Collective behavior research is a vast and complex field. Understanding the varying interaction patterns between members of a group and simulating them with the help of models is a difficult and long process. But in recent years biomimetic robots gave rise to new chances of evaluating and verifying the state of the art in this field.
Leading is one key aspect in collective behavior. Decriphering its meachnism would gain the ability to immensely influence a whole group in a desired direction which in turn can be used in experimental setups for investigating social interactions e.g. foraging.
A biomimetic robot can be perfectly exploited for this research question. An implemented model will instantly verify in wet lab experiments whether its underlying logic is giving back the desired reaction from real living beings.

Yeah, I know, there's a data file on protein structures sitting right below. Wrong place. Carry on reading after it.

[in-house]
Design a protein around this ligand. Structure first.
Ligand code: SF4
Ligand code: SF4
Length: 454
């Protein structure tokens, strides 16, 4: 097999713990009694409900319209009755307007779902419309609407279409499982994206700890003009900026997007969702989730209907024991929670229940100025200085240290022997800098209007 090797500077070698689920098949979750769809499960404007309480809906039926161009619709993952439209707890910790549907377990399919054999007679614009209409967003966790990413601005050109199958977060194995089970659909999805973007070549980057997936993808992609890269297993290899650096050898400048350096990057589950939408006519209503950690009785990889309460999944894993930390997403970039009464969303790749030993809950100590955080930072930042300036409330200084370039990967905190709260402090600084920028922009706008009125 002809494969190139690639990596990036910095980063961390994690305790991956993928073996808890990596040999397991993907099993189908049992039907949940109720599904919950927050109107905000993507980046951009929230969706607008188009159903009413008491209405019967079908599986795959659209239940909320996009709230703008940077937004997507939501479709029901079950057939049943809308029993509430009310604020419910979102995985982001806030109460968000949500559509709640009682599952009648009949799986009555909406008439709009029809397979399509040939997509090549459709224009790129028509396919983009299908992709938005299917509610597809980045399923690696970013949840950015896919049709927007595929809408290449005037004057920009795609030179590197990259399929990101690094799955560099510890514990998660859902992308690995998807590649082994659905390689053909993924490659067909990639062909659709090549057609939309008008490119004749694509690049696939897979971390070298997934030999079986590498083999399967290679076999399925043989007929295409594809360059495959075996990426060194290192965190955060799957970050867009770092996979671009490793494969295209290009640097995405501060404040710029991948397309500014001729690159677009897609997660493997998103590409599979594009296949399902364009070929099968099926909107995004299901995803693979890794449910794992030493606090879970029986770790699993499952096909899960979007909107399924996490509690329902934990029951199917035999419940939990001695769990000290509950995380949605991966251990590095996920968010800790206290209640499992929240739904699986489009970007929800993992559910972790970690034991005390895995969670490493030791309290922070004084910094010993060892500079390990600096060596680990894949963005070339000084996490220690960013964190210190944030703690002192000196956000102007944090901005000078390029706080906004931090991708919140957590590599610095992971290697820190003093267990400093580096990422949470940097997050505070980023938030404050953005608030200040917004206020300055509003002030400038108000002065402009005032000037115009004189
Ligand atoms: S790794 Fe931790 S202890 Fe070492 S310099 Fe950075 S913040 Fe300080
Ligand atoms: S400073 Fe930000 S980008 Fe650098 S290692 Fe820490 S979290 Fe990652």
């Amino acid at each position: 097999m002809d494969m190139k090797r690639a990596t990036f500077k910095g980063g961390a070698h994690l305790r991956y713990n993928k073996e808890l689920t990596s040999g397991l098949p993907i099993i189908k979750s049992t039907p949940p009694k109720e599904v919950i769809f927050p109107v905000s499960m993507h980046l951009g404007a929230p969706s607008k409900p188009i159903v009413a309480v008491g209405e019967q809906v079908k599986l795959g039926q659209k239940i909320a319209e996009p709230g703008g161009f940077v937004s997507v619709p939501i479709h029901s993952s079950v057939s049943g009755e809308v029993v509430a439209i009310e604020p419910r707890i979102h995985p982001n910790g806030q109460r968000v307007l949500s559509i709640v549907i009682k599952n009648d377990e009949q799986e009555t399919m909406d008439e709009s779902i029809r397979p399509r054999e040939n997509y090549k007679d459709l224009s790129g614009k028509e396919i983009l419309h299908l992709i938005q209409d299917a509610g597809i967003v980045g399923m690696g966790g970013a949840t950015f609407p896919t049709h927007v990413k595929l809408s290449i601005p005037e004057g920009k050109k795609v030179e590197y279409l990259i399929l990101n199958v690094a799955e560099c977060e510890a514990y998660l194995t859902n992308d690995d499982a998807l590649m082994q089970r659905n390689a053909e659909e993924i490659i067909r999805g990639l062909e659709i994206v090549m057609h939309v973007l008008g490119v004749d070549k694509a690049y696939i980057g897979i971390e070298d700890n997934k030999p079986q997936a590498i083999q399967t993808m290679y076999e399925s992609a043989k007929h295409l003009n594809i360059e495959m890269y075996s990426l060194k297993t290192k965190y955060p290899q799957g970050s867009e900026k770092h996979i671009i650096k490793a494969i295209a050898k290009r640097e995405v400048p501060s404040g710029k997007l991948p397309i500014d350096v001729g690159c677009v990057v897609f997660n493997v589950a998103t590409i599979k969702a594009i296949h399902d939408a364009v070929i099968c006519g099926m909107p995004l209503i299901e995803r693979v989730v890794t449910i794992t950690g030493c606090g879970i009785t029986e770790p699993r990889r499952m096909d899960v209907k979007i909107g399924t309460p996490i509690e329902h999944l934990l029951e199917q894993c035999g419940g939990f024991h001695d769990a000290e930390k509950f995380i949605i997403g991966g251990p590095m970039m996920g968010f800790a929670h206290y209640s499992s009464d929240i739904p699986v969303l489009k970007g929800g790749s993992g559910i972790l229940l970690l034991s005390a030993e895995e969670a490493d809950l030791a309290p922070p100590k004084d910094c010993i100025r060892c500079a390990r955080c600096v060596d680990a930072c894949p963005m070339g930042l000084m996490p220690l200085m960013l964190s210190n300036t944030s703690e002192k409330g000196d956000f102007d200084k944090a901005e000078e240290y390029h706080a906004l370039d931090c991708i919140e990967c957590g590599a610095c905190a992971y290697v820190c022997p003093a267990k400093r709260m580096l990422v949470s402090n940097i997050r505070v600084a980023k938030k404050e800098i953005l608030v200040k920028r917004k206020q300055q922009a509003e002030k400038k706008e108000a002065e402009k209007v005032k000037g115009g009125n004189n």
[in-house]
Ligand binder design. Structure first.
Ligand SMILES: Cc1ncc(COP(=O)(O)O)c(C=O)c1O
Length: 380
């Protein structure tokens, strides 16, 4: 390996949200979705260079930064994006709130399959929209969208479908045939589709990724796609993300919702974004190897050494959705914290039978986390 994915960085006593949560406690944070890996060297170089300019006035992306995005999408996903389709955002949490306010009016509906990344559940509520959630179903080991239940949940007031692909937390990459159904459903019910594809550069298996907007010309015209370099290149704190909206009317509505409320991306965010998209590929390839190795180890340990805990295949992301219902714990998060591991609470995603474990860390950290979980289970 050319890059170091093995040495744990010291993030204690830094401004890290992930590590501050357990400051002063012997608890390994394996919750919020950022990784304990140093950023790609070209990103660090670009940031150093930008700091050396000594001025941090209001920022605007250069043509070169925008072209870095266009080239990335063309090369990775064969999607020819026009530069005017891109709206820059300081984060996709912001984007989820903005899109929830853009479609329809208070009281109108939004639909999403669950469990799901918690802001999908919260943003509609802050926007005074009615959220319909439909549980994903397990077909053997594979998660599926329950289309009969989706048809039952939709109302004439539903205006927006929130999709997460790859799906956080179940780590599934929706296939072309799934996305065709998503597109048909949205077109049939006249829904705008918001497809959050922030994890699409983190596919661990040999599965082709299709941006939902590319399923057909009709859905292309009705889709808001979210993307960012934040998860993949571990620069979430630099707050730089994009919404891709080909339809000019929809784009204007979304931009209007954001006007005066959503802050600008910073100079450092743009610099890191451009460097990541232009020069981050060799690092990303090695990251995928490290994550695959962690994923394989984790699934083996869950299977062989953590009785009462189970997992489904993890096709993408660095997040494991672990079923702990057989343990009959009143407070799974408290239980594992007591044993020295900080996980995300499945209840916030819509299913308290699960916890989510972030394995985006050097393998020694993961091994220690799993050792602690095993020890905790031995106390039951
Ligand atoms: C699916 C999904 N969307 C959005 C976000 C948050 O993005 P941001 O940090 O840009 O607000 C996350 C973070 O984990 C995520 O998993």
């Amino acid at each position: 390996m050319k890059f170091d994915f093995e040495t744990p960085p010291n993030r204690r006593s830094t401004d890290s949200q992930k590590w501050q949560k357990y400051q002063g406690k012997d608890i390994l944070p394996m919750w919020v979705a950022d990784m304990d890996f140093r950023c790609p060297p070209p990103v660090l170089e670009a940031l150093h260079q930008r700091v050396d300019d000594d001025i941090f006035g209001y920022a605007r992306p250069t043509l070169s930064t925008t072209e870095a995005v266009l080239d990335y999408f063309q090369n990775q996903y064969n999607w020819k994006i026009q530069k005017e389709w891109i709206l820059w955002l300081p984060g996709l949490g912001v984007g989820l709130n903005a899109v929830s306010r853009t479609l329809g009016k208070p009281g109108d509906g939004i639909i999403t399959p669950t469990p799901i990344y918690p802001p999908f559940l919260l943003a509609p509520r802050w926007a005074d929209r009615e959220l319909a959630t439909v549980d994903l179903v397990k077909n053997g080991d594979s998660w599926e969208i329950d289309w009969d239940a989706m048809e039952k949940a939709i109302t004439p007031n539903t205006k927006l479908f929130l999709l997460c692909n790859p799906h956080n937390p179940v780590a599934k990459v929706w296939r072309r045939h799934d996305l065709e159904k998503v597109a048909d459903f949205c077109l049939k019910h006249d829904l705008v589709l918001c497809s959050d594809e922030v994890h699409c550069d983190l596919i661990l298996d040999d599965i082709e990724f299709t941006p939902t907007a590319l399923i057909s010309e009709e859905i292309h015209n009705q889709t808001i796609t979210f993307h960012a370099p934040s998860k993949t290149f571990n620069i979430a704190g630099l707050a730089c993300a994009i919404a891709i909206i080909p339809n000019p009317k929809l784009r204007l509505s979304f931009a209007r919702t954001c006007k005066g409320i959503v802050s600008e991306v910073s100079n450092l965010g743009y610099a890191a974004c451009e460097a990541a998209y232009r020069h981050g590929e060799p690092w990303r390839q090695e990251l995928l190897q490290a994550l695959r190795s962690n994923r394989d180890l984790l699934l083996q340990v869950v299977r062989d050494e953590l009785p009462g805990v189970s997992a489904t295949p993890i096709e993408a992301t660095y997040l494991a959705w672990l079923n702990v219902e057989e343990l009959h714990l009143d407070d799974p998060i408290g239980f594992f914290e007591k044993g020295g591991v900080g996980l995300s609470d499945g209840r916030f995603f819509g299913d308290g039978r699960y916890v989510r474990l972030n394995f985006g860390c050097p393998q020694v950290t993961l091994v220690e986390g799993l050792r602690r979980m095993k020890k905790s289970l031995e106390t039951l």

In this work, the model is a modified version of Couzin's zone model, adapted for leading behavior. In this model it is assumed that individuals try to keep the members of their group in a close zone around them. It got implemented in the framework of the RoboFish project as an automatic behavior module and got tested with guppies (Poecilia reticulata).
The results show that leaders can keep larger distances to other members of the group before forced to draw closer again. Followers do need to stay near other individuals to feel comfortable inside the group. Because of this distance relationship, leaders have more freedom in their choices and need to keep less track about the actions of the other members. As the robot is allowed to remove itself for longer distances before it is forced to travel back to the fish than the average guppy, it was indeed able to take the role of a leader several times.
As this work only presents an implementation which concentrate on few core aspects, the module gives promise for more insight into the mechanisms of leading with future expansions considering additional factors in its code base.